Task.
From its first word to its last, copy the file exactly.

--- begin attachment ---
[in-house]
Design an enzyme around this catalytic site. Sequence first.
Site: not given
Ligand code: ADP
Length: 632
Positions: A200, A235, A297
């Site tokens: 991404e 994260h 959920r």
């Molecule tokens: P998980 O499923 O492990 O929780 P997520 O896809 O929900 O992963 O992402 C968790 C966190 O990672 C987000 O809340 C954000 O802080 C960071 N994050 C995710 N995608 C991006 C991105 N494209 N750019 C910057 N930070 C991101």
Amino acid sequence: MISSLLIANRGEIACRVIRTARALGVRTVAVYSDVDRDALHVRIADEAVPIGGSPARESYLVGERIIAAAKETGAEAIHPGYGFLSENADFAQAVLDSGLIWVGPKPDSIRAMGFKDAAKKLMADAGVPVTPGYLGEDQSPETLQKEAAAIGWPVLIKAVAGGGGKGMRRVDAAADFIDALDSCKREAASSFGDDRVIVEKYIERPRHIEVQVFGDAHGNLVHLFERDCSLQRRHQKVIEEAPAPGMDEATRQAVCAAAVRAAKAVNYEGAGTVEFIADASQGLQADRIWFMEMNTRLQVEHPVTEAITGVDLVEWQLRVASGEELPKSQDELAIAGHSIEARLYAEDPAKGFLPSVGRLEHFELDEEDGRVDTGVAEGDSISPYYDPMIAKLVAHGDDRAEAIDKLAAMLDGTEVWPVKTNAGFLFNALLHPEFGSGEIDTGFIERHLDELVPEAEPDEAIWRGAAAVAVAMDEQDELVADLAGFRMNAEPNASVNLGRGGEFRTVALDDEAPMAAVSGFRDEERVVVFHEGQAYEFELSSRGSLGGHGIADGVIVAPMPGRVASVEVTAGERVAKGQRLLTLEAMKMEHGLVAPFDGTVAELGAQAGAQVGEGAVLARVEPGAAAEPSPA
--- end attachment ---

[in-house]
Design an enzyme around this catalytic site. Sequence first.
Site: not given
Ligand code: ADP
Length: 632
Positions: A200, A235, A297
């Site tokens: 991404e 994260h 959920r």
């Molecule tokens: P998980 O499923 O492990 O929780 P997520 O896809 O929900 O992963 O992402 C968790 C966190 O990672 C987000 O809340 C954000 O802080 C960071 N994050 C995710 N995608 C991006 C991105 N494209 N750019 C910057 N930070 C991101």
Amino acid sequence: MISSLLIANRGEIACRVIRTARALGVRTVAVYSDVDRDALHVRIADEAVPIGGSPARESYLVGERIIAAAKETGAEAIHPGYGFLSENADFAQAVLDSGLIWVGPKPDSIRAMGFKDAAKKLMADAGVPVTPGYLGEDQSPETLQKEAAAIGWPVLIKAVAGGGGKGMRRVDAAADFIDALDSCKREAASSFGDDRVIVEKYIERPRHIEVQVFGDAHGNLVHLFERDCSLQRRHQKVIEEAPAPGMDEATRQAVCAAAVRAAKAVNYEGAGTVEFIADASQGLQADRIWFMEMNTRLQVEHPVTEAITGVDLVEWQLRVASGEELPKSQDELAIAGHSIEARLYAEDPAKGFLPSVGRLEHFELDEEDGRVDTGVAEGDSISPYYDPMIAKLVAHGDDRAEAIDKLAAMLDGTEVWPVKTNAGFLFNALLHPEFGSGEIDTGFIERHLDELVPEAEPDEAIWRGAAAVAVAMDEQDELVADLAGFRMNAEPNASVNLGRGGEFRTVALDDEAPMAAVSGFRDEERVVVFHEGQAYEFELSSRGSLGGHGIADGVIVAPMPGRVASVEVTAGERVAKGQRLLTLEAMKMEHGLVAPFDGTVAELGAQAGAQVGEGAVLARVEPGAAAEPSPA